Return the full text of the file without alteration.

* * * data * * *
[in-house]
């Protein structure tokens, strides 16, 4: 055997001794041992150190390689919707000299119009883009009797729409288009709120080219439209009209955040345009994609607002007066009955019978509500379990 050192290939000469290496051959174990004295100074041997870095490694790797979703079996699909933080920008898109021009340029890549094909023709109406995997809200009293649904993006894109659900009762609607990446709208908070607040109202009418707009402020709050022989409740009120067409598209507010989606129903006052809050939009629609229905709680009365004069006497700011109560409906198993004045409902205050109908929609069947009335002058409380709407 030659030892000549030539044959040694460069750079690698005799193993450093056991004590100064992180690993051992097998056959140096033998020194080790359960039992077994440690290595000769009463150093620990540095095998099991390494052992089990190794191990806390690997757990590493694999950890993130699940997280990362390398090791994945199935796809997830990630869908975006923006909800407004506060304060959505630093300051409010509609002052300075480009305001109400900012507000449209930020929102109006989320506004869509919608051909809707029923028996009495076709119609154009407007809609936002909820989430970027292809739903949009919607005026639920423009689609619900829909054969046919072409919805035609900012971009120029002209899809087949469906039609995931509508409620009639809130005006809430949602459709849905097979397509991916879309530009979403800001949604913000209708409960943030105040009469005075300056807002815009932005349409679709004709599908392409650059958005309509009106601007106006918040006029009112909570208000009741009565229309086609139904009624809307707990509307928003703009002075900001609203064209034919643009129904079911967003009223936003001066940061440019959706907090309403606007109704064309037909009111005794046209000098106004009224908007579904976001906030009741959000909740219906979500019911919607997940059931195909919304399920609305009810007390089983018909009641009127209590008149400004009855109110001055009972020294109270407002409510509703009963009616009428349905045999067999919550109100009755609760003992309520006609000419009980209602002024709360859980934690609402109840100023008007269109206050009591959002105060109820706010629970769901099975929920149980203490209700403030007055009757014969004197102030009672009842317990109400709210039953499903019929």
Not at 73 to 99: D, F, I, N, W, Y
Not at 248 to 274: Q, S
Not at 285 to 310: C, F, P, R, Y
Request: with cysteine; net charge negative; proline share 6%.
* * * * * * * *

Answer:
[in-house]
């Protein structure tokens, strides 16, 4: 055997001794041992150190390689919707000299119009883009009797729409288009709120080219439209009209955040345009994609607002007066009955019978509500379990 050192290939000469290496051959174990004295100074041997870095490694790797979703079996699909933080920008898109021009340029890549094909023709109406995997809200009293649904993006894109659900009762609607990446709208908070607040109202009418707009402020709050022989409740009120067409598209507010989606129903006052809050939009629609229905709680009365004069006497700011109560409906198993004045409902205050109908929609069947009335002058409380709407 030659030892000549030539044959040694460069750079690698005799193993450093056991004590100064992180690993051992097998056959140096033998020194080790359960039992077994440690290595000769009463150093620990540095095998099991390494052992089990190794191990806390690997757990590493694999950890993130699940997280990362390398090791994945199935796809997830990630869908975006923006909800407004506060304060959505630093300051409010509609002052300075480009305001109400900012507000449209930020929102109006989320506004869509919608051909809707029923028996009495076709119609154009407007809609936002909820989430970027292809739903949009919607005026639920423009689609619900829909054969046919072409919805035609900012971009120029002209899809087949469906039609995931509508409620009639809130005006809430949602459709849905097979397509991916879309530009979403800001949604913000209708409960943030105040009469005075300056807002815009932005349409679709004709599908392409650059958005309509009106601007106006918040006029009112909570208000009741009565229309086609139904009624809307707990509307928003703009002075900001609203064209034919643009129904079911967003009223936003001066940061440019959706907090309403606007109704064309037909009111005794046209000098106004009224908007579904976001906030009741959000909740219906979500019911919607997940059931195909919304399920609305009810007390089983018909009641009127209590008149400004009855109110001055009972020294109270407002409510509703009963009616009428349905045999067999919550109100009755609760003992309520006609000419009980209602002024709360859980934690609402109840100023008007269109206050009591959002105060109820706010629970769901099975929920149980203490209700403030007055009757014969004197102030009672009842317990109400709210039953499903019929």
Not at 73 to 99: D, F, I, N, W, Y
Not at 248 to 274: Q, S
Not at 285 to 310: C, F, P, R, Y
Request: with cysteine; net charge negative; proline share 6%.